In this newsletter we cover among other things Sight Village and TechABreak, a re-cap on the recent Masterclass delivered by Peter Bosher, and a review of the SensePlayer from HIMS.
Alongside TAVIP duties I have completed training with my new guide dog, Isca, which has gone reasonably smoothly. I had an interesting discussion with a colleague about the pro and cons of canine versus gps navigation. At the moment, I wouldn’t want to be without either, but it will be interesting whether developments in AI and navigation apps eventually changes my view on this!?
Anyway – now that we have some summer weather I am looking forward to walks in the dry! Wading through an underpass with a blocked drain is not ideal when training with a dog!
Regards for now,
Sight Village 2023
The TAVIP Team are looking forward to having a stand at Sight Village Central in Birmingham on 17th and 18th July 2023.
If you are coming to the event please come by the stand for a chat, to find out more about what we are doing and to give us your suggestions.
On the Monday evening, we will join the Braillists for a get together in a nearby pub. Check the Discussion List for exact details of this “Tech chat live”. It will be great to meet with you especially after a trek around the exhibition.
The full address of the new venue & hotel is Eastside Rooms, 2 Woodcock Street, Birmingham, B7 4BL. Doors will open at 10am on Monday 17th July until 4pm, and 9.30am on Tuesday 18th July until 3pm. As always, it is free entry however, the organisers ask that you pre-register your attendance to help them plan the event on the Sight Village Page.
Look forward to seeing you there. Dr Mike Townsend.
We are delighted to have received sufficient bookings to go ahead with the TechABreak at The Old Swan Hotel, Harrogate, from Friday 3rd to Sunday 5th November 2023. The Hotel is willing to make some additional rooms available for the event although they will now require the full fee on booking. It would be lovely to meet up with you so do consider coming along.
This year our ever popular conference programme will include presentations on the much requested topics of Accessible Smart TVs and Braille displays. We’ll also be looking at the benefits of Artificial Intelligence and delving into the Mastodon social media platform. Our showcase and exhibition will once again give you the opportunity to get hands on the latest offerings from equipment suppliers. We’ll also be there to answer questions in our Tech Surgery. Above all, it’s also a great opportunity to catch up with fellow members and discuss the latest tech.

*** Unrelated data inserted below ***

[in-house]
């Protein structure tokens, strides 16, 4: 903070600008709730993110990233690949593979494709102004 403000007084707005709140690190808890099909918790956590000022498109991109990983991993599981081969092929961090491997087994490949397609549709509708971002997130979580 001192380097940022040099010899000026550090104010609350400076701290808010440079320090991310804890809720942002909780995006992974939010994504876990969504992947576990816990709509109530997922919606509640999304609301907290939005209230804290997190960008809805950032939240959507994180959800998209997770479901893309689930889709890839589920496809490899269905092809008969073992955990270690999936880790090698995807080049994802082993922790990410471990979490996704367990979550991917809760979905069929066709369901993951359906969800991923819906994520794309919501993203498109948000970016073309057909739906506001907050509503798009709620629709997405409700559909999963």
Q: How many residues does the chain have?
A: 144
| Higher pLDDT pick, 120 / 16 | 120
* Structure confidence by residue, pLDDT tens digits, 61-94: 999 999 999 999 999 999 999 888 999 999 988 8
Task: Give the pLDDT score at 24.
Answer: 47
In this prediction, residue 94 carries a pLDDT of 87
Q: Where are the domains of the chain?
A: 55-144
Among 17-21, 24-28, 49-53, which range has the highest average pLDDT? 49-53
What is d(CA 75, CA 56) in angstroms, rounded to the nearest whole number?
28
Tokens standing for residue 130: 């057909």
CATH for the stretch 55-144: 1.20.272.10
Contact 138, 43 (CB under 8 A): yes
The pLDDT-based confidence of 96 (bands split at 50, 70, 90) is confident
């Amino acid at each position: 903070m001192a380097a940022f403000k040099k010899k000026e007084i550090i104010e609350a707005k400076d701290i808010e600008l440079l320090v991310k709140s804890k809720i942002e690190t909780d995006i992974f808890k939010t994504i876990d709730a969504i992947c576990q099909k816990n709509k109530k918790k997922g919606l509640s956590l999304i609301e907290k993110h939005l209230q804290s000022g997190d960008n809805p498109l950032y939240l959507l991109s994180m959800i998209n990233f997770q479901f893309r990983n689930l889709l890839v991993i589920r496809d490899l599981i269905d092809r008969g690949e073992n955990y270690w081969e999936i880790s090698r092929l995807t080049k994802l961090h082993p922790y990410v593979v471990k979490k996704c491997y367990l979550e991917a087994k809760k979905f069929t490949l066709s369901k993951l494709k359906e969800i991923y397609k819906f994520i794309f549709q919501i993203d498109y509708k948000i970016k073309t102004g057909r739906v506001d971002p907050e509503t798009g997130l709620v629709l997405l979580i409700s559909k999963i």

The cost for the event is £250 for a single and £420 for a double or twin room. Booking is available via our website on this TechABreak Page.
If you have any questions or would just like to find out more about the event, please don’t hesitate to contact Dr. Mike Townsend at email@example.com or mobile on 07967 658 028.
Funding for Training
As we mentioned in the last newsletter, we have grant funding to provide five hours of one to one training to people needing support on technology used within the workplace. This is tailored to people’s needs, but typically covers the use of access features or screen reader software with Outlook, Word, Powerpoint, zoom or web browsers.
We also have a Scholarship Fund which will contribute towards the cost of an accredited course on software development, networking or other aspects of IT.
People interested in either scheme can contact us on firstname.lastname@example.org.
Recruitment of TAVIP Chair
As mentioned in the last newsletter, we are recruiting for a new Chairperson to takeover at the AGM in November. If you are interested and would like to find out more, you can find further details of the chair recruitment here.
TAVIP Masterclass on Making Sound recordings – a recap
Many thanks to Peter Bosher, a TAVIP member and trustee, for delivering an excellent Masterclass session on 10 May, which was attended by around thirty-five members.